In physics, special relativity (SR, also known as the special theory of relativity or STR) is the accepted physical theory of how measurements can differ (but are related) in different inertial frames of reference moving relative to one another. It was originally proposed in 1905 by Albert Einstein in the paper "On the Electrodynamics of Moving Bodies". Measurements affected can include those of distance, time, energy, momentum, acceleration, and inertia.
Galileo Galilei had already postulated that all uniform motion is relative, and that there is no absolute and well-defined state of rest (no privileged reference frames), a principle now called Galileo's principle of relativity. Einstein extended this principle so that it accounted for the constant speed of light, a phenomenon that had been recently observed in the Michelson–Morley experiment. He also postulated that it holds for all the laws of physics, including both the laws of mechanics and of electrodynamics, whatever they may be.
The speed of light in vacuum, commonly denoted c, is a universal physical constant important in many areas of physics. Its value is exactly 299,792,458 metres per second, a figure that is exact because the length of the metre is defined from this constant and the international standard for time. This is approximately 186,282.4 miles per second, or about 671 million miles per hour. According to special relativity, c is the maximum speed at which all energy, matter, and information in the universe can travel. It is the speed at which all massless particles and associated fields (including electromagnetic radiation such as light) travel in vacuum. It is also the speed of gravity (i.e. of gravitational waves) predicted by current theories. Such particles and waves travel at c regardless of the motion of the source or the inertial frame of reference of the observer. In the theory of relativity, c interrelates space and time, and also appears in the famous equation of mass–energy equivalence E = mc2.
The speed at which light propagates through transparent materials, such as glass or air, is less than c. The ratio between c and the speed v at which light travels in a material is called the refractive index n of the material (n = c / v). For example, for visible light the refractive index of glass is typically around 1.5, meaning that light in glass travels at c / 1.5 ≈ 200,000 km/s; the refractive index of air for visible light is 1.000293, so the speed of light in air is 299,705 km/s or about 88 km/s slower than c.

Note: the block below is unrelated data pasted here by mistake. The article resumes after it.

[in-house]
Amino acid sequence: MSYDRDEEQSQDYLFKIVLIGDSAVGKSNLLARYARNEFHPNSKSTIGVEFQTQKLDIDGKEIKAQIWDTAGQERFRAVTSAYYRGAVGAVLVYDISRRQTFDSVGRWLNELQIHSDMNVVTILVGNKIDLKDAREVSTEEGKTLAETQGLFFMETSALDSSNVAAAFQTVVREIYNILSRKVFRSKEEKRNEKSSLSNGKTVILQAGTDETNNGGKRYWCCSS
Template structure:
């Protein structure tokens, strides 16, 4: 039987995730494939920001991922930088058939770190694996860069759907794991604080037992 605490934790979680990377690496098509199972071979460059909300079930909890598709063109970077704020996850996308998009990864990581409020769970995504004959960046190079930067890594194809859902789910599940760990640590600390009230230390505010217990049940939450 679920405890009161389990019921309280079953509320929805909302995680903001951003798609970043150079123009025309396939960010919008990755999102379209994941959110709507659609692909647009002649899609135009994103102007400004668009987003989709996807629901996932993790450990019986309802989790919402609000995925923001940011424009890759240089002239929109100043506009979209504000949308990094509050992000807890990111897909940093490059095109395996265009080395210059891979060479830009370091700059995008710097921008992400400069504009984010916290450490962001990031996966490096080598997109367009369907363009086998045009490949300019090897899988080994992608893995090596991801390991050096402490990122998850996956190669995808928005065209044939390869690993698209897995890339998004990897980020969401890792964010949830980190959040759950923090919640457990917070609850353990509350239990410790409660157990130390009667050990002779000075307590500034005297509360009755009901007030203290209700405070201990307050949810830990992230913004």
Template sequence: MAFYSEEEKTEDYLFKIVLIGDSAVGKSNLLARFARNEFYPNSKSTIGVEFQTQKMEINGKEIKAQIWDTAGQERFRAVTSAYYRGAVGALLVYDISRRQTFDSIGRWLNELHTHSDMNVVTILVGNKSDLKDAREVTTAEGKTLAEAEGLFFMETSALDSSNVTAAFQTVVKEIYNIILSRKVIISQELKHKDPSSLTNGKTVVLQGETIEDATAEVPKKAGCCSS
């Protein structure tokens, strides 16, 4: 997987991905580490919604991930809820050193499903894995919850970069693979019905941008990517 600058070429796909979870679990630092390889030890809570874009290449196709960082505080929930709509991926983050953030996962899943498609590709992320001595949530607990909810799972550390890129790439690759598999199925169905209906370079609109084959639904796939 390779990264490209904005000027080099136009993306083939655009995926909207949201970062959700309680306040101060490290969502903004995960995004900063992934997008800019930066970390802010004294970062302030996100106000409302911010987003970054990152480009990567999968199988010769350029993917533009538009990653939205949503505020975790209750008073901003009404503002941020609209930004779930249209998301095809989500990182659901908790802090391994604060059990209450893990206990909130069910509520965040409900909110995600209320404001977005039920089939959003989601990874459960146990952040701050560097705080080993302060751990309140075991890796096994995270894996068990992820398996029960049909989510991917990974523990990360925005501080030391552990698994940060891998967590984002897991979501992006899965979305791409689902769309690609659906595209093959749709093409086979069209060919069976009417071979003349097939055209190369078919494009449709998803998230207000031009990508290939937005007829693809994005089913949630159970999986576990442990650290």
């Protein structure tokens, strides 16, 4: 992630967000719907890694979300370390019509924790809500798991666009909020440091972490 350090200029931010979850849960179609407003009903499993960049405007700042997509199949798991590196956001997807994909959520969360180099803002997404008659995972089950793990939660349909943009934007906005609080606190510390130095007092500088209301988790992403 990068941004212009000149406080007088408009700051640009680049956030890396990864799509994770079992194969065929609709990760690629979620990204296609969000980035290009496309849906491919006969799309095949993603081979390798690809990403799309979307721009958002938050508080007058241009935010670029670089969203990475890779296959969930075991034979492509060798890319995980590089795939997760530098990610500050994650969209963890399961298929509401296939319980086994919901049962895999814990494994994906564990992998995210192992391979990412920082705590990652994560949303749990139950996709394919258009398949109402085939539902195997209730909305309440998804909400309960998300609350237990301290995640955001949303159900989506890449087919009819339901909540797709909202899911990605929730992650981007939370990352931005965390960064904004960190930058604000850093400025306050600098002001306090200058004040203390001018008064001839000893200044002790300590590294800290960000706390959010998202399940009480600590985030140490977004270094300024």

An astronomical unit (abbreviated as au; other abbreviations that are sometimes used include ㍳, a.u. and ua) is a unit of length now defined as exactly 149,597,870,700 m (92,955,807.3 mi), or roughly the average Earth–Sun distance.
The astronomical unit was originally defined as the length of the semi-major axis of the Earth's elliptical orbit around the Sun.
Rømer's determination of the speed of light was the demonstration in 1676 that light has a finite speed, and so doesn't travel instantaneously. The discovery is usually attributed to Danish astronomer Ole Rømer (1644–1710), who was working at the Royal Observatory in Paris at the time.
Rømer estimated that light would take about 22 minutes to travel a distance equal to the diameter of Earth's orbit around the Sun: this is equivalent to about 220,000 kilometres per second in modern units, about 26% lower than the true value. While the exact details of Rømer's calculations have been lost, the error is probably due to an error in the orbital elements of Jupiter, leading Rømer to believe that Jupiter was closer to the Sun than is actually the case.
In journalism, a human interest story is a feature story that discusses a person or people in an emotional way. It presents people and their problems, concerns, or achievements in a way that brings about interest, sympathy or motivation in the reader or viewer.
Human interest stories may be "the story behind the story" about an event, organization, or otherwise faceless historical happening, such as about the life of an individual soldier during wartime, an interview with a survivor of a natural disaster, a random act of kindness or profile of someone known for a career achievement.